How much can you sway a 360-tonne precariously balanced rock?

The HUN-REN-BME Morphodynamics Research Group has developed a new method to investigate the stability of the 360-tonne balanced rock Pena do Equilibrio.

The BME researchers’ study has been awarded the Giovanni Barla Best Paper Award by Rock Mechanics and Rock Engineering, one of the leading journals in engineering geology. The award is only give to the best three or fewer papers each year.

The granite boulder in the Spanish province of Ponteverdra is a popular tourist attraction, so it is important to know how safe it is to be near it, yet quantifying this is not an easy task. “The on-site study, including the 3D scanning of the rock, was carried out by the Spanish co-authors. They reached out to Gábor Domokos, head of the Morphodynamics Research Group, to inquire what the scanned data can tell us about the stability of the precariously balanced rock. Since the digital data did not (and could not) include the contact surface, the software developed for the doctoral thesis of the lead author of the paper, Balázs Ludmány, assistant professor at BME’s Faculty of Electrical Engineering and Informatics, was needed to reliably estimate the shape of the rock. Unlike the previous, typically planar models, the new method takes into account all possible spatial movements of the rock. Earlier studies based on planar models may have significantly overestimated the factors of safety of the balanced rock. With the availability of the complete shape, we were able to carry out a much more detailed mechanical analysis,” said András Árpád Sipos, head of the Department of Morphology and Geometric Modeling at the BME ÉPK.

The central issue of the study was equilibrium and stability, but from this point of view, a scanned point-cloud contains only indirect information. Thus, a key question of the research was how to extract reliable information from point clouds. In recent years, Hungarian researchers have had to develop a very large set of mathematical tools, algorithms and software in order to create a tool that reliably solves practical problems. Such software in not yet in operation anywhere else in the world, which may have contributed to the prize, named after the Italian-born geoscientist Giovanni Barla, being awarded to the authors of the study.


The lead author of the article is Balázs Ludmány, who will soon defend his PhD dissertation at the Department of Control Engineering and Information Technology at BME’s Faculty of Electrical Engineering and Informatics, and one of his supervisors is Gábor Domokos, head of the research group mentioned above. The key author of the mechanical studies of the research project is András Árpád Sipos, Doctor of the Hungarian Academy of Sciences, who works at the Department of Morphology and Geometric Modeling at BME’s Faculty of Architecture, in addition to being a member of the HUN-REN-BME research group.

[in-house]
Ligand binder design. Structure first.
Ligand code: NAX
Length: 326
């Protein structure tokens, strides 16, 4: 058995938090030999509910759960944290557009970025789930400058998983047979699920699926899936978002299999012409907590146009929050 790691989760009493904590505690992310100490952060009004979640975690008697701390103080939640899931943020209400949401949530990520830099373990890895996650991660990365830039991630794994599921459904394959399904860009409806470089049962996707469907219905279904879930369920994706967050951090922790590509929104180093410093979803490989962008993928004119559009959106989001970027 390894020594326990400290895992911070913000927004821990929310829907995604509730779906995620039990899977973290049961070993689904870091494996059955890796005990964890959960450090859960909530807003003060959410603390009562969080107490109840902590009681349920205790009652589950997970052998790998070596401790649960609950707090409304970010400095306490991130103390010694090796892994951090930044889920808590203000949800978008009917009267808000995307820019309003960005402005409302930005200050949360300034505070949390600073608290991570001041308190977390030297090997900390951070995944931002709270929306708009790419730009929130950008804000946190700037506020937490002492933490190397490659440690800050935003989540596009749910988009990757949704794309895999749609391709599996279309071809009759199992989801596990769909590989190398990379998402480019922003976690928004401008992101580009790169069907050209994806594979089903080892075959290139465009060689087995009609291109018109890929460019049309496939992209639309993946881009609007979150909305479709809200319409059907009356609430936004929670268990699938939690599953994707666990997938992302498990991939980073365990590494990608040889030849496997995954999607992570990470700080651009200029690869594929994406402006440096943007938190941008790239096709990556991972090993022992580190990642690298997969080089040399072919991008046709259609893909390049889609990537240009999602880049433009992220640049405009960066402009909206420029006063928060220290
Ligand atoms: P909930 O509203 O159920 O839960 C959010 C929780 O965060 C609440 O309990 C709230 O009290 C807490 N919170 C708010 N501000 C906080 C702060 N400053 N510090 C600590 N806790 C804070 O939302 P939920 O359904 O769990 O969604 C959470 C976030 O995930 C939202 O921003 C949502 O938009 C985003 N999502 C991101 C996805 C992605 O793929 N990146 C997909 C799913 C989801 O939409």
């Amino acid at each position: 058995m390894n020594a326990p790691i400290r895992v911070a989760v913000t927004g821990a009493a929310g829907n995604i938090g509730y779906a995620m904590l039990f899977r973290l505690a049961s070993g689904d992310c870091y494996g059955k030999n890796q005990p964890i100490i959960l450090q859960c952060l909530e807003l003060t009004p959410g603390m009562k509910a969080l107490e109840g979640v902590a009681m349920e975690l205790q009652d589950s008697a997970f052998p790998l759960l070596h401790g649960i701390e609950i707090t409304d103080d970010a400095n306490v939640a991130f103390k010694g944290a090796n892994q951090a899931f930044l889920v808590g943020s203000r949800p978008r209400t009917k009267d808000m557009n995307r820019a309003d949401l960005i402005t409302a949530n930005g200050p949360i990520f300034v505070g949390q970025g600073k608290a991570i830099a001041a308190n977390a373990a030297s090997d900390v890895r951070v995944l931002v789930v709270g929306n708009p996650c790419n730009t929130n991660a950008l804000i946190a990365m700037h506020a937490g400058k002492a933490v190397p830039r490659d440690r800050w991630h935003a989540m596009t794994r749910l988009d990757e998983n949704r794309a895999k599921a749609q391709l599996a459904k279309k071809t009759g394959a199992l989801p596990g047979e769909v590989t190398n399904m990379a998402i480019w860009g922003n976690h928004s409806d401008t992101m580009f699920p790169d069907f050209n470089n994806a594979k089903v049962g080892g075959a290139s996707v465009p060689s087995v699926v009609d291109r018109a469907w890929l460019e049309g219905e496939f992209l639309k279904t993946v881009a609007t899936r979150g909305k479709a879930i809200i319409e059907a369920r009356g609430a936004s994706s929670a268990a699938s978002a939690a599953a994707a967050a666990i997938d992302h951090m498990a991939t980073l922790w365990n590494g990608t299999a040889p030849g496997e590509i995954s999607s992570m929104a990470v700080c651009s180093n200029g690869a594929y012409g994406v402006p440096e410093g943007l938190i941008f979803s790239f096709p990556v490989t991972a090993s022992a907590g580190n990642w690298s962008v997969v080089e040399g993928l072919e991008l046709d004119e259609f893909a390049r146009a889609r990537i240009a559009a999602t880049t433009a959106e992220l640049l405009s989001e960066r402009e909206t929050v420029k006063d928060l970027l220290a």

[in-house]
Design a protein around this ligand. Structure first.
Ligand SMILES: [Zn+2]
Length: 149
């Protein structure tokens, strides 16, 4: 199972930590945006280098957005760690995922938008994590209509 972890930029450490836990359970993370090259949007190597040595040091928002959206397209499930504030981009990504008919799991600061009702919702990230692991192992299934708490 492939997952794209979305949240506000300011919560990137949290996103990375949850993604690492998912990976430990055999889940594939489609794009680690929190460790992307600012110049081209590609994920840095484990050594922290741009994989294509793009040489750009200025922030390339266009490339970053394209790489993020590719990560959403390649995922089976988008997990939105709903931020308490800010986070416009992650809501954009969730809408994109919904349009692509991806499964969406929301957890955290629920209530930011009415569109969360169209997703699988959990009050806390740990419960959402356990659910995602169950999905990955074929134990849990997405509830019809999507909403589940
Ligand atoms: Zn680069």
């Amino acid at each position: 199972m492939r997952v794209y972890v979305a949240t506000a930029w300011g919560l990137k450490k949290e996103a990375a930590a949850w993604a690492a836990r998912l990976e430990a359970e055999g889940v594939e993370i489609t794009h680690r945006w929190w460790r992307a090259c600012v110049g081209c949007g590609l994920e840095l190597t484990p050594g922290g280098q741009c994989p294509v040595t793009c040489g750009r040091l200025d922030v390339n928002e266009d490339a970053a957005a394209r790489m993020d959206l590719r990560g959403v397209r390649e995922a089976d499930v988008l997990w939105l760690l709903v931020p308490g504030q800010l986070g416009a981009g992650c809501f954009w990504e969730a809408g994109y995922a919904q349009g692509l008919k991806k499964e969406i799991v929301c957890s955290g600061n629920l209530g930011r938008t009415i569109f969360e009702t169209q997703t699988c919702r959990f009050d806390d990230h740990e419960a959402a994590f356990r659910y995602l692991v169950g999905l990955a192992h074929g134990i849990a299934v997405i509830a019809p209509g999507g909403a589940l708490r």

“In addition to working remotely, just from the point cloud, we also asked questions that had not been addressed before by the Spanish experts. Such a rock block can move in many ways: it can roll down, slide down, or, for example, we can try to rotate it along an axis perpendicular to its support,” explained the leaders of the research group. The Hungarian colleagues also studied the impact of possible earthquakes, which made it clear that an average magnitude earthquake typical in the region would certainly not knock the rock block out of its place, but the strongest quake ever recorded in the area would likely do so. This is only likely because even though the magnitude of the quake is known, its direction is uncertain. And the fact that the 360-tonne granite block is still in place gives researchers an idea of the maximum magnitude of earthquakes that have occurred in the region in the past few hundred years.

“But more surprisingly, we have managed to find a trajectory along which a combined effort of just six muscular men could topple the boulder. This result can in turn have a fundamental impact on the safety measures implemented around the rock, which means that the clear benefit of the research is that we can probably avoid an accident,” summarised Gábor Domokos. The professor also highlighted another benefit of their study: geologists and planetary scientists are very interested in how the shape of rocks and pebbles can be used to infer the properties of, for example, former Martian rivers and their lengths or the properties of asteroids. However, the big challenge for them is that NASA does not yet provide three-dimensional data. Yet, in terrestrial conditions, countless three-dimensional point clouds of different rock formations can be generated and compared with two-dimensional data in space to draw further conclusions about non-terrestrial geological formations. The state-of-the-art software developed by the Hungarian researchers can also help in making such comparisons.


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